Dr. Robert Kesterson Works to Overcome Major Hurdles in Cancer Research and Rare Diseases

October 11, 2023

Dr. Kesterson studies Neurofibromatosis 1, more commonly called NF1, which is associated with an increased risk of tumors including leukemia, glioblastoma and breast cancer

For more information, contact Ernie Ballard, ernie.ballard@pbrc.edu, 225-263-2677

Dr. Robert KestersonBATON ROUGE – Neurofibromatosis type 1, a genetic condition that causes tumors to grow along nerves, occurs in 1 in 3,000 to 4,000 people worldwide. Although the tumors are usually benign, they can cause blindness, deafness, disfigurement, bone abnormalities, learning disabilities, and disabling pain. Neurofibromatosis 1, more commonly called NF1, is also associated with an increased risk of other tumors including leukemia, glioblastoma, and breast cancer.

There is no cure for NF1, and until very recently, there were no specific therapies beyond treating the individual symptoms with chemotherapy and radiation; bracing or surgery; and pain medications and alternative therapies.

Dr. Robert (Bob) Kesterson is Professor of Cancer Precision Medicine and Director of the Genetically Engineered Models, or GEMS, core facility at Pennington Biomedical. Families from all over the world with children diagnosed with NF1 reach out to him in hopes of developing the best therapy for treating their child’s specific genetic mutation.

"NF1 is caused by multiple mutations in the NF1 gene. When I first began studying NF1, there were no treatments. Today, there is a drug called a MEK inhibitor that reduces symptoms in patients, but it doesn’t work for all patients so we need to work to develop additional therapeutics," Dr. Kesterson said. "One issue with NF1 is that the gene is very large and there are so many different mutations, with over 7,000 mutations already known."

NF1 animal models help uncover the underlying process of the disease, which can lead to new treatments, and often extremely individualized treatments, to better manage the disease in a patient.

Dr. Kesterson’s lab is currently examining molecular mechanisms associated with the NF1 gene since it is a tumor suppressor gene associated with many types of cancers. He specializes in creating personalized animal models that mimic a patient’s specific genetic mutations, which hold the promise of uniquely tailoring therapies to either correct a particular mutation at the DNA level or provide the missing protein back to the tumor cells growing abnormally.

Dr. Kesterson estimates that he has created between 300 and 500 animal models for unique diseases within the last 20 years. His work extends beyond NF1. He has created mouse models for patients with diseases such as cystic fibrosis, polycystic kidney disease, diabetes, cardiovascular disease, blindness, and many types of cancer. He said technological advances in the last six years have made it much easier to provide true precision medicine and have opened up the rapid development of animals beyond just mice.

"Genetically engineered models represent one of the best ways we can help individuals with a unique disease because we can look at the specific mechanisms. We can identify the specific gene and then identify what about that gene is leading to the disease. Where is the protein? Where is the mutation? What bonds can be disrupted? Some genes have been studied clinically for a very long time, but patients have different phenotypes," he said. "This process used to take a long time using mouse stem cells. With the development of CRISPR technology, it is much easier and quicker to make changes in the genome."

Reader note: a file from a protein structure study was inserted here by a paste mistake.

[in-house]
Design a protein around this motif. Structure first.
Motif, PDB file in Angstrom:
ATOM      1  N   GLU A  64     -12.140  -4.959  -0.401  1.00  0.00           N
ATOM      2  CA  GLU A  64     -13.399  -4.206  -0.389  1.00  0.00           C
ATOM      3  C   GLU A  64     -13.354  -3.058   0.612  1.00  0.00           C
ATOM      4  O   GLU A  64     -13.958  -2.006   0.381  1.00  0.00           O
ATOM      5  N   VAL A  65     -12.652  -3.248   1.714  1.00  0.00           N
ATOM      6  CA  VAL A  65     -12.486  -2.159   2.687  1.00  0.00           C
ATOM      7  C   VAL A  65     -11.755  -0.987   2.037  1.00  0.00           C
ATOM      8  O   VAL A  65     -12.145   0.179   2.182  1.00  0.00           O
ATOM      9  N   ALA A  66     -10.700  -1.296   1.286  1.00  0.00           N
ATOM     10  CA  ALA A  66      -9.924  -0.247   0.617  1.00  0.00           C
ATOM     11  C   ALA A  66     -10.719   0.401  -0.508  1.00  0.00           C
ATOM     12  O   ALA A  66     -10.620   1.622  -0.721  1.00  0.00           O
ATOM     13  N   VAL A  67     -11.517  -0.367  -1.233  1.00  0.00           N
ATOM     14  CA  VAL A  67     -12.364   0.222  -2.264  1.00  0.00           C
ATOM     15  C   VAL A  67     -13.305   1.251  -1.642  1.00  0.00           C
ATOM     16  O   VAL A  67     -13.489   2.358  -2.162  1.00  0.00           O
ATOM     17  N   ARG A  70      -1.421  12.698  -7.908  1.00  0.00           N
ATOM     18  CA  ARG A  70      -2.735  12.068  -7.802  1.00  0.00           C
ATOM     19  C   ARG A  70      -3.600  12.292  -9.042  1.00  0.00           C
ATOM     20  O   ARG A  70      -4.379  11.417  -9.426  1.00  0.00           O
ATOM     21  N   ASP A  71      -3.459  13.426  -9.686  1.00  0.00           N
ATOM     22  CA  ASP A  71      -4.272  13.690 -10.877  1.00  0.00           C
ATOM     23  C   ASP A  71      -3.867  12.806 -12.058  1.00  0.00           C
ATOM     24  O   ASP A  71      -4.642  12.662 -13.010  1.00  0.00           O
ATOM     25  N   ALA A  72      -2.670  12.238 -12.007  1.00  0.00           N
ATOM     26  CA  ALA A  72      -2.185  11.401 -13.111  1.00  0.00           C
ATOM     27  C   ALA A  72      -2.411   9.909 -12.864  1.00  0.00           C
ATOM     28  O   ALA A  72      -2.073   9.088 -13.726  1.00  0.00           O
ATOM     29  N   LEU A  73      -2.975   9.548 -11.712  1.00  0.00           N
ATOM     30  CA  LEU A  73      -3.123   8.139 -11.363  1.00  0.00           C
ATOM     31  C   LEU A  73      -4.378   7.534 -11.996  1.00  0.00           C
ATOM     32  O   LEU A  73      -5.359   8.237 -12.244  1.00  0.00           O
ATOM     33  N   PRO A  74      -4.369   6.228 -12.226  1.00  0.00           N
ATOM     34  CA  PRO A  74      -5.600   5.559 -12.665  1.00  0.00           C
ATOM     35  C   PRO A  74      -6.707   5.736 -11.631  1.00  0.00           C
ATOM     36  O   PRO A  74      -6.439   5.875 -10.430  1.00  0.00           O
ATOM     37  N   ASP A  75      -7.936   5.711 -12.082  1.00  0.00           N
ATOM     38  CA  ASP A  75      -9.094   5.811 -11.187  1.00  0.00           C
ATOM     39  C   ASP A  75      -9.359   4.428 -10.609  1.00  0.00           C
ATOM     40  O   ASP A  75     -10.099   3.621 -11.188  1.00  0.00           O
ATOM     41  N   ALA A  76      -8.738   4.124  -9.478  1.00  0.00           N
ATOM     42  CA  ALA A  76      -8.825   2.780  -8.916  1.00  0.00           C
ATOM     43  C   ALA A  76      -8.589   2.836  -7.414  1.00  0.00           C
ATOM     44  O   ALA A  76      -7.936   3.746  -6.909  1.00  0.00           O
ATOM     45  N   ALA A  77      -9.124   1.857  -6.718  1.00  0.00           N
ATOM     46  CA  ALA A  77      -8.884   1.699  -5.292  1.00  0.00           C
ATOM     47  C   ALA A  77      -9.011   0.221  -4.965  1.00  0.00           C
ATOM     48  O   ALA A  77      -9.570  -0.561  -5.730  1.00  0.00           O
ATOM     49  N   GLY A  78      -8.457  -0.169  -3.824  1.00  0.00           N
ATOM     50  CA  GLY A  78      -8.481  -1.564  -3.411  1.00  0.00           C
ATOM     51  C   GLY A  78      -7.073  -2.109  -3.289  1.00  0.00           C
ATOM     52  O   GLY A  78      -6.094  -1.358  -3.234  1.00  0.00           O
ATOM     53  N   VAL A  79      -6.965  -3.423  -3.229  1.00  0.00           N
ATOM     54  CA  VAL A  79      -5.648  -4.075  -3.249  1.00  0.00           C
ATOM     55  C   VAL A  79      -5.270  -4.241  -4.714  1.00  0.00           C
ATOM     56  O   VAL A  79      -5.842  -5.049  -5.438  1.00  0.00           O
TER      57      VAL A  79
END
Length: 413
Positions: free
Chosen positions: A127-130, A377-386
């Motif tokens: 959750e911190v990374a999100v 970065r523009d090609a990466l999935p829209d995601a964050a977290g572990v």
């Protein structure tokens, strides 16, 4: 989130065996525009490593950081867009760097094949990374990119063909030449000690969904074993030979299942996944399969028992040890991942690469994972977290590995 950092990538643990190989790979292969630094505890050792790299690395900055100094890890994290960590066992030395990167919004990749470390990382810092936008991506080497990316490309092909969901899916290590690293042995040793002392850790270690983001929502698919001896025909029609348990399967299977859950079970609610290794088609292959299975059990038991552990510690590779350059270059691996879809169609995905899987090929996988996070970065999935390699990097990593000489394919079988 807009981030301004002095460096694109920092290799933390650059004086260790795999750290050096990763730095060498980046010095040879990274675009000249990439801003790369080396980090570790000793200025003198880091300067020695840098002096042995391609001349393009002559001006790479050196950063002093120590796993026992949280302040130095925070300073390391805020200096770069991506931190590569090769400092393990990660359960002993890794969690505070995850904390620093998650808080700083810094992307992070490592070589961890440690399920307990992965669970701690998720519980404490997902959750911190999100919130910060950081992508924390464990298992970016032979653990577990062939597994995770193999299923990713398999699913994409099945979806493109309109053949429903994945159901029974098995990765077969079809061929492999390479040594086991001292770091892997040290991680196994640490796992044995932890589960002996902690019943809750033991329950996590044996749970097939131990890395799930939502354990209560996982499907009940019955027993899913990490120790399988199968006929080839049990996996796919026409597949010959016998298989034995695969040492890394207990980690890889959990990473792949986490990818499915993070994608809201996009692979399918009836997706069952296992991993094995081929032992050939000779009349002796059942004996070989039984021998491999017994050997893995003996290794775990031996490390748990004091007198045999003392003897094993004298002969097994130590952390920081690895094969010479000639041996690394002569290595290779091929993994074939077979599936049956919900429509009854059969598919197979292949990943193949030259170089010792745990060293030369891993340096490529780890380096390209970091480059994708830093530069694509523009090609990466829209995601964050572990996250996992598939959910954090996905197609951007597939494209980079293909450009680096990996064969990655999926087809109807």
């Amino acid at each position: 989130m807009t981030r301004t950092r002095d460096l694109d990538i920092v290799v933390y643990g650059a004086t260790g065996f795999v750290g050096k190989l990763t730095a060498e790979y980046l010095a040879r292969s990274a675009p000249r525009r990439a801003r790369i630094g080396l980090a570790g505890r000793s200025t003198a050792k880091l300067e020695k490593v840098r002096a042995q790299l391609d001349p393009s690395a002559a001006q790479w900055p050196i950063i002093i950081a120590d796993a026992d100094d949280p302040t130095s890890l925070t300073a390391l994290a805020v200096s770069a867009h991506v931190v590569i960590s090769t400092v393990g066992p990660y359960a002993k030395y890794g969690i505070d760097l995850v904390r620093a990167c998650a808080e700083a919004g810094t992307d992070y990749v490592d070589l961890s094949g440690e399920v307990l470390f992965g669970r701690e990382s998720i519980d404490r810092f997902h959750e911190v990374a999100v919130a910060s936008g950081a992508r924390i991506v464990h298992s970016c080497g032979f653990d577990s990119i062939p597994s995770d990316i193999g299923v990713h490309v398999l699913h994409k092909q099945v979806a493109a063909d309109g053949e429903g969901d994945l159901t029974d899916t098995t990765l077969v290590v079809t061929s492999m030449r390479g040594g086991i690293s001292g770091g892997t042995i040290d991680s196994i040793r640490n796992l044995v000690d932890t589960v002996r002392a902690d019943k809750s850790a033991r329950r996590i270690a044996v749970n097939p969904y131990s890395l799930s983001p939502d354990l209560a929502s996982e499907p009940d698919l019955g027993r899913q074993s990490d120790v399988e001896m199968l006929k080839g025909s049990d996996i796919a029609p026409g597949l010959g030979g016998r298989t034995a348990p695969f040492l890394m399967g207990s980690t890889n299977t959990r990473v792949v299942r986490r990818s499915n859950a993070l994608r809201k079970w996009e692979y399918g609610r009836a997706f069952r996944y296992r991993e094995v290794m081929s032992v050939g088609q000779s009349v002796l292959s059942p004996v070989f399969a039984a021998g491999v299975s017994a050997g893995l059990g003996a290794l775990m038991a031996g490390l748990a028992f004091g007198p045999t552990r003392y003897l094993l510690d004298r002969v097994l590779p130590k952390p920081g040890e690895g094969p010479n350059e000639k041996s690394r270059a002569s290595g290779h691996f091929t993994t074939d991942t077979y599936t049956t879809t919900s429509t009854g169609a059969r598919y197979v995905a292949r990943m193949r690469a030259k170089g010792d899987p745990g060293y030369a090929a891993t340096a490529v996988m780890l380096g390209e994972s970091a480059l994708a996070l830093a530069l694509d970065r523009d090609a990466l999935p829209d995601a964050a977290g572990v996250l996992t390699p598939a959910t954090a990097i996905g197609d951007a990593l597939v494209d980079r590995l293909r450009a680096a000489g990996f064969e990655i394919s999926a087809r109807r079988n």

Dr. Kesterson believes his work will ultimately lead to the ability to restore partial function of the gene associated with NF1, thereby reducing the growth of tumors and other symptoms of the disease. He is not alone in thinking his work holds tremendous promise. He has significant funding from both federal sources and many families with children diagnosed with NF1 who are passionate about supporting efforts to find new treatments and eventually, a cure.

Dr. Kesterson recently discussed his work and the role of philanthropy in his lab’s scientific advances at a Discovery Lunch hosted by the Pennington Biomedical Research Foundation

About the Pennington Biomedical Research Center

The Pennington Biomedical Research Center is at the forefront of medical discovery as it relates to understanding the triggers of obesity, diabetes, cardiovascular disease, cancer and dementia. The Center conducts basic, clinical, and population research, and is affiliated with LSU.

The research enterprise at Pennington Biomedical includes over 480 employees within a network of 40 clinics and research laboratories, and 13 highly specialized core service facilities. Its scientists and physician/scientists are supported by research trainees, lab technicians, nurses, dietitians, and other support personnel. Pennington Biomedical a state-of-the-art research facility on a 222-acre campus in Baton Rouge.

For more information, see www.pbrc.edu.

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